Mar 15, 2023 / Marketing
SEO decoded: Key terms you need to decipher your SEO reports
Although at first glance SEO can look daunting, understanding some of the basic SEO terms
will help you understand what your SEO is doing for you.
With the vast growth of businesses online, SEO has quickly become a specialism that is shrouded in mystery. There is a whole language in SEO so we have broken down some of the more frequently used terminologies. Let’s start with the basics.
What does SEO stand for?
SEO, otherwise known as Search Engine Optimisation, is the process of improving the quality of your website to help it perform better in organic search engine results.
What is SEO?
When someone enters a word or phrase into a search engine, the search engine will try to serve the most relevant result. SEO is working to make your website show in the searches that are relevant or valuable to your business.
SEO Terminology Cheatsheet
Algorithm: In computing, an algorithm is a list of rules to follow in the completion of a task or process. This list must be strictly followed in the right order. When people talk about the algorithm or the Google Algorithm, they are referring to the rules that search engines apply to establish the best possible search result. The algorithm itself is a closely guarded secret and it is updated regularly.
Algorithm updates: These are updates to an algorithm's parameters to improve its quality and its relevance. Google updates its search algorithms many times throughout the year, in an effort to keep its SERPs as useful and relevant as possible. Websites that have applied black hat SEO tactics may see a drop in their rankings following an update.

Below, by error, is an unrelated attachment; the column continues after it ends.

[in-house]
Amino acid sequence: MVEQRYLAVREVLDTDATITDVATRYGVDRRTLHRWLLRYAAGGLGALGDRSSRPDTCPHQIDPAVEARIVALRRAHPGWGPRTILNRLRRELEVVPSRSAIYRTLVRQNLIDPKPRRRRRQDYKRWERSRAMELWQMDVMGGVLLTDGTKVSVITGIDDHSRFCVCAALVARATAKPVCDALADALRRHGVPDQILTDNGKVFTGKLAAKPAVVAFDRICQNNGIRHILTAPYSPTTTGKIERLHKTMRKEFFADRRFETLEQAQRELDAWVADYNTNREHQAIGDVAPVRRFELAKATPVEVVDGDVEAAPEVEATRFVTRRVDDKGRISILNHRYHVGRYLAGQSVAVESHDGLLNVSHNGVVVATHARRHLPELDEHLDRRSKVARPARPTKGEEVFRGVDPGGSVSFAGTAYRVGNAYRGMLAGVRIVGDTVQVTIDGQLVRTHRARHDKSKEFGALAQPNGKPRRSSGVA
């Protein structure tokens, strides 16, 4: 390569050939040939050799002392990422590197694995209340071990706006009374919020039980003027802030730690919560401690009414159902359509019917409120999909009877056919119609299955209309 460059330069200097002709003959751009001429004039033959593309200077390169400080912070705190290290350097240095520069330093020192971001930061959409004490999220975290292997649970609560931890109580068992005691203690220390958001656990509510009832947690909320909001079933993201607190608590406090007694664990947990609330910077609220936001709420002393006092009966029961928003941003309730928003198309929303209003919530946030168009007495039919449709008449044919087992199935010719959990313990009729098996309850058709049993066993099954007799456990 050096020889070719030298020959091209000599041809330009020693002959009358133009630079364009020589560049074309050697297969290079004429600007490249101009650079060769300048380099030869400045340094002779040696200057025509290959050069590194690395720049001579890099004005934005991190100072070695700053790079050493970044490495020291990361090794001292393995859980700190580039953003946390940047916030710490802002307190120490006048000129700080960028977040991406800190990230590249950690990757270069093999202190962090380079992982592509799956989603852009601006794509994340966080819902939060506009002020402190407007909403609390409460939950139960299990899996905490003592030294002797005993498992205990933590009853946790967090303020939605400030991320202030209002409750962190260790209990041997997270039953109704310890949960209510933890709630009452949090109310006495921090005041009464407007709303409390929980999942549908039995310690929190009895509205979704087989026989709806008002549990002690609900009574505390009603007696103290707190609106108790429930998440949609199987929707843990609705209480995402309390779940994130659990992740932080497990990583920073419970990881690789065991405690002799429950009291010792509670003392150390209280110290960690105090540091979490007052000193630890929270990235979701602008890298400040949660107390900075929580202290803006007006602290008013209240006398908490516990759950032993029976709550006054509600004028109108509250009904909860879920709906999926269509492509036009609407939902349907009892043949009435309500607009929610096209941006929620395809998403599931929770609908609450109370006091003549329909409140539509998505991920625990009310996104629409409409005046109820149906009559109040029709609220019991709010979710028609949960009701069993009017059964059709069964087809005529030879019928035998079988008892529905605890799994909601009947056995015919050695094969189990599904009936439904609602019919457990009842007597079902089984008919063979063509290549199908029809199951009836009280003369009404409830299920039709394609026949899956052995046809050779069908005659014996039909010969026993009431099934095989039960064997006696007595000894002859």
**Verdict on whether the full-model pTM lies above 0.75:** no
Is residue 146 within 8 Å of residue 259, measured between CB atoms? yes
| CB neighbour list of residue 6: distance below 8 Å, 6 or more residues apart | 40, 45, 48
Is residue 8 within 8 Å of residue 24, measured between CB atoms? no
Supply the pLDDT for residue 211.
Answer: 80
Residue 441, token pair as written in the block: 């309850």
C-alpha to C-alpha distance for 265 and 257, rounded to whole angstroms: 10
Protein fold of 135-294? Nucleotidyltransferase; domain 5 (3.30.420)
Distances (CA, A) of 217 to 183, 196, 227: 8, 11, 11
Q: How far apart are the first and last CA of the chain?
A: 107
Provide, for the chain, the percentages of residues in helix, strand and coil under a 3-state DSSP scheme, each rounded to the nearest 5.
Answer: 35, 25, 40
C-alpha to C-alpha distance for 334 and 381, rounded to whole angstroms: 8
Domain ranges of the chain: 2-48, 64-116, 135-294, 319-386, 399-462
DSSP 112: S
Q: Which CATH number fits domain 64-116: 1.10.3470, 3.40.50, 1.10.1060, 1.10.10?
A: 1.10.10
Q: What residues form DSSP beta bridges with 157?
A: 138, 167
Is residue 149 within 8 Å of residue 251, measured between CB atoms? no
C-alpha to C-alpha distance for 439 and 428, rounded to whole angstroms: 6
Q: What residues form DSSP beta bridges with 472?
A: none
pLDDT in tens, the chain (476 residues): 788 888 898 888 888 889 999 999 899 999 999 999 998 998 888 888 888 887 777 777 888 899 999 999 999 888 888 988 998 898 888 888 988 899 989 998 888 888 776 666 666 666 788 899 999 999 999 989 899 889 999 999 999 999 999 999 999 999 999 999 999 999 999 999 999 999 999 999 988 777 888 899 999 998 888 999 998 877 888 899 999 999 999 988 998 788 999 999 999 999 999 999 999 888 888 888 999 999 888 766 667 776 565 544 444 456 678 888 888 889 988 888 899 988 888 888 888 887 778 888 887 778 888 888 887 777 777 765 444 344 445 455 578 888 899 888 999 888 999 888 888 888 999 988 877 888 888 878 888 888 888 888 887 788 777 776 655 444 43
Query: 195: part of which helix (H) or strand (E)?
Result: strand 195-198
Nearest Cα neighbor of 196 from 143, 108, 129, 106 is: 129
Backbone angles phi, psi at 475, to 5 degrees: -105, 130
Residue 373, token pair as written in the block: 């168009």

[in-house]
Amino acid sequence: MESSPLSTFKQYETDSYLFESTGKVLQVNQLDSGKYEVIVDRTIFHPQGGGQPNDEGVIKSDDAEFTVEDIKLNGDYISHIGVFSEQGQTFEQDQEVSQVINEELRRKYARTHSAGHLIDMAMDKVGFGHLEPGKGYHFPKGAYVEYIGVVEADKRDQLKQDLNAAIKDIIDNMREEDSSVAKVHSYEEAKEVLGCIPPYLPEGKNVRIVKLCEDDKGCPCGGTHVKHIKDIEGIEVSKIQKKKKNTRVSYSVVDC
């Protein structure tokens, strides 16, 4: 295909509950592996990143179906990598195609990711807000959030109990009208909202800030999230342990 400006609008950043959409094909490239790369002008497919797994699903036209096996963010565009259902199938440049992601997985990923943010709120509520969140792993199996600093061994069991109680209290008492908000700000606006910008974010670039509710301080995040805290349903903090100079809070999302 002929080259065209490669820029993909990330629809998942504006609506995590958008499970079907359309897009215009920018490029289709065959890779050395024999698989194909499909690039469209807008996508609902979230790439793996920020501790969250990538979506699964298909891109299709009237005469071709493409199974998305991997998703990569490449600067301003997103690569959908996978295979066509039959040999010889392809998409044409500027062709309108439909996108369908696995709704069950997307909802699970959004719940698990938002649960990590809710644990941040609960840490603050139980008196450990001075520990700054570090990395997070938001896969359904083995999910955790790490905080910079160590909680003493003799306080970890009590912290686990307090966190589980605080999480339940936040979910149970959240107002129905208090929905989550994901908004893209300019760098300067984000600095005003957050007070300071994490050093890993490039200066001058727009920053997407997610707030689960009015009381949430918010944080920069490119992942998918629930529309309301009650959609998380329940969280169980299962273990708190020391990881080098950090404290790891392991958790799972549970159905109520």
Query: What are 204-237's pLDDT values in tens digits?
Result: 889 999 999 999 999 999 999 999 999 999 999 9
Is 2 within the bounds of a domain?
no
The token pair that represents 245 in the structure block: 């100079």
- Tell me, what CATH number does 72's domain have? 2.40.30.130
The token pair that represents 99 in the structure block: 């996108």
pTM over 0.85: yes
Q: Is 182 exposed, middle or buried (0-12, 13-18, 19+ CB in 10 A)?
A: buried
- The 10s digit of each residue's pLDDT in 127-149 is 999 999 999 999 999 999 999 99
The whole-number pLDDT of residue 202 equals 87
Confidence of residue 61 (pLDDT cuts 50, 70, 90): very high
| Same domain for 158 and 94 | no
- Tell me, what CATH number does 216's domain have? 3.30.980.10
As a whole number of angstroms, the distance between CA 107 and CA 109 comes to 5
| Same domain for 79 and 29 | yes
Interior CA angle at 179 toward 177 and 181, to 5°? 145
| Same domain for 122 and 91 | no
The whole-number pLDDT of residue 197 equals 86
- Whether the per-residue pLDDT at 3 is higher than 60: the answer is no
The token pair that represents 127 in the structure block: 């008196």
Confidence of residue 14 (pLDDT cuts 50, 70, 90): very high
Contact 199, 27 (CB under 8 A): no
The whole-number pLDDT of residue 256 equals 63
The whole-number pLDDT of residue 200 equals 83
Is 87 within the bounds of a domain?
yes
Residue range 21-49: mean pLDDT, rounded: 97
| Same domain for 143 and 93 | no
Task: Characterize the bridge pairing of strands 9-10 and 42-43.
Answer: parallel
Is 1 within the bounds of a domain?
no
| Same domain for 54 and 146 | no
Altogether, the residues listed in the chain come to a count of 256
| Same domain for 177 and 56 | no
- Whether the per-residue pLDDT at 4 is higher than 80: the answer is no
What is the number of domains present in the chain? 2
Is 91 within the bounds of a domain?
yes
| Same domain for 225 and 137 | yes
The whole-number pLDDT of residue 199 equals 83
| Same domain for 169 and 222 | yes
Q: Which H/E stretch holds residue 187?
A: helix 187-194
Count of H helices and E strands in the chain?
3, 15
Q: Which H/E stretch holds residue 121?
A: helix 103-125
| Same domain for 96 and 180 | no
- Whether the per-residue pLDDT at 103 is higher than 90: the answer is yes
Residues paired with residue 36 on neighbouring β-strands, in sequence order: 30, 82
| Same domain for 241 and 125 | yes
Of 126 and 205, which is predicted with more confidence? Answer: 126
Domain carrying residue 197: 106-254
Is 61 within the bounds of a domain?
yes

Anchor text: This is the clickable text in a hyperlink. Choosing a relevant word to the destination page over generic text such as ‘click here’ helps the user (and the Google bot) journey and can help improve SEO.
Black hat: This is when work is done on the site in an attempt to trick the algorithm and gain an unfair advantage in search rankings. It includes tactics such as stuffing a piece of copy with keywords or creating pages with lots of duplicate content. As algorithm updates are rolled out, sites that use these techniques often find themself penalised with a drop in rankings.
Domain authority: This is a relevance score based on the amount of credibility or trustworthiness that a domain or link has. This score is calculated from a variety of factors including the quality of content, internal and external links, and social signals.
Googlebot: A generic name for two types of web crawlers: desktop and smartphone. The purpose of these crawlers is to go through a website like a user and collect data about the site's performance. This data helps to produce a health score for the site and helps inform where it ranks on the results page.
Header tag: These are the various headings used throughout a webpage. For example H1 (the main heading) and H2 (subheadings). This will indicate to the search engine what elements of a page hold the most importance and will also guide users to find information relevant to them.